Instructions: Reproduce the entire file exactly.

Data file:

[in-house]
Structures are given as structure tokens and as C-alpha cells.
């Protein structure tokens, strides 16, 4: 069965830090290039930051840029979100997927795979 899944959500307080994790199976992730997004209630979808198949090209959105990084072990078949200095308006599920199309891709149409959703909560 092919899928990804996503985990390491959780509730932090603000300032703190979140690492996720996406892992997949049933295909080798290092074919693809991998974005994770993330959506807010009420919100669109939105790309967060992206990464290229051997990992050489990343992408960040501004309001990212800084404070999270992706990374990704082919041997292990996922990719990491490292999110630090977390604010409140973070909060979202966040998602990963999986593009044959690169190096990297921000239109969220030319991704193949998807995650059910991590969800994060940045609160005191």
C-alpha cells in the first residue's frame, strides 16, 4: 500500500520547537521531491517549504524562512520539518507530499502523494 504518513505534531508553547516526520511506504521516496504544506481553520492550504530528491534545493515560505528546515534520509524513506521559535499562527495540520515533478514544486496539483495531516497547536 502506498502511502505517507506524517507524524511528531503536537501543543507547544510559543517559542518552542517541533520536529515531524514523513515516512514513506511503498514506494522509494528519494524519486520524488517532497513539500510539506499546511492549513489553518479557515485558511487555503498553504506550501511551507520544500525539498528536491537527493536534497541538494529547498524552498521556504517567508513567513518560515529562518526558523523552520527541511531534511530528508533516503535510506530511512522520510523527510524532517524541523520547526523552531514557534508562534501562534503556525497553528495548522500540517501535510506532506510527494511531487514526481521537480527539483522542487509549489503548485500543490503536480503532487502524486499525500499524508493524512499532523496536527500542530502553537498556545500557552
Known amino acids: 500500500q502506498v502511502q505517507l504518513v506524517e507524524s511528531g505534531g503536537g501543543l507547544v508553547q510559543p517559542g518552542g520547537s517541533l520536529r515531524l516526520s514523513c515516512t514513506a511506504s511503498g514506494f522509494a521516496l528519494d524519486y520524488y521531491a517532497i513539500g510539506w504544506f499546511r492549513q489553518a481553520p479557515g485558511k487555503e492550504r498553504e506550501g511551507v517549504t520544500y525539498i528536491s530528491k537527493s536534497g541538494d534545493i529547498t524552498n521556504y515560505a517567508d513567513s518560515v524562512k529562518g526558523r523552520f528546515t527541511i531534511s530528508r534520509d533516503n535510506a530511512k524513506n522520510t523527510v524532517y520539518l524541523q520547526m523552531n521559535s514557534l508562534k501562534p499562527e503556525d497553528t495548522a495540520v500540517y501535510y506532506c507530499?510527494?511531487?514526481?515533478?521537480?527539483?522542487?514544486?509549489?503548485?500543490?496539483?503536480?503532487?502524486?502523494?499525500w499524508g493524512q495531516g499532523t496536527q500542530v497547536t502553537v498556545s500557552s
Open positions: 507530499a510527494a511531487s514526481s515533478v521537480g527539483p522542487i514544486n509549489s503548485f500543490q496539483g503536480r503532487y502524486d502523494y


[in-house]
Structures are given as structure tokens and as C-alpha cells.
């Protein structure tokens, strides 16, 4: 069965830090290039930051840029979100997927795979 899944959500307080994790199976992730997004209630979808198949090209959105990084072990078949200095308006599920199309891709149409959703909560 092919899928990804996503985990390491959780509730932090603000300032703190979140690492996720996406892992997949049933295909080798290092074919693809991998974005994770993330959506807010009420919100669109939105790309967060992206990464290229051997990992050489990343992408960040501004309001990212800084404070999270992706990374990704082919041997292990996922990719990491490292999110630090977390604010409140973070909060979202966040998602990963999986593009044959690169190096990297921000239109969220030319991704193949998807995650059910991590969800994060940045609160005191």
C-alpha cells in the first residue's frame, strides 16, 4: 500500500520547537521531491517549504524562512520539518507530499502523494 504518513505534531508553547516526520511506504521516496504544506481553520492550504530528491534545493515560505528546515534520509524513506521559535499562527495540520515533478514544486496539483495531516497547536 502506498502511502505517507506524517507524524511528531503536537501543543507547544510559543517559542518552542517541533520536529515531524514523513515516512514513506511503498514506494522509494528519494524519486520524488517532497513539500510539506499546511492549513489553518479557515485558511487555503498553504506550501511551507520544500525539498528536491537527493536534497541538494529547498524552498521556504517567508513567513518560515529562518526558523523552520527541511531534511530528508533516503535510506530511512522520510523527510524532517524541523520547526523552531514557534508562534501562534503556525497553528495548522500540517501535510506532506510527494511531487514526481521537480527539483522542487509549489503548485500543490503536480503532487502524486499525500499524508493524512499532523496536527500542530502553537498556545500557552
Known amino acids: 500500500q502506498v502511502q505517507l504518513v506524517e507524524s511528531g505534531g503536537g501543543l507547544v508553547q510559543p517559542g518552542g520547537s517541533l520536529r515531524l516526520s514523513c515516512t514513506a511506504s511503498g514506494f522509494a521516496l528519494d524519486y520524488y521531491a517532497i513539500g510539506w504544506f499546511r492549513q489553518a481553520p479557515g485558511k487555503e492550504r498553504e506550501g511551507v517549504t520544500y525539498i528536491s530528491k537527493s536534497g541538494d534545493i529547498t524552498n521556504y515560505a517567508d513567513s518560515v524562512k529562518g526558523r523552520f528546515t527541511i531534511s530528508r534520509d533516503n535510506a530511512k524513506n522520510t523527510v524532517y520539518l524541523q520547526m523552531n521559535s514557534l508562534k501562534p499562527e503556525d497553528t495548522a495540520v500540517y501535510y506532506c507530499?510527494?511531487?514526481?515533478?521537480?527539483?522542487?514544486?509549489?503548485?500543490?496539483?503536480?503532487?502524486?502523494?499525500w499524508g493524512q495531516g499532523t496536527q500542530v497547536t502553537v498556545s500557552s
Open positions: 507530499a510527494a511531487s514526481s515533478v521537480g527539483p522542487i514544486n509549489s503548485f500543490q496539483g503536480r503532487y502524486d502523494y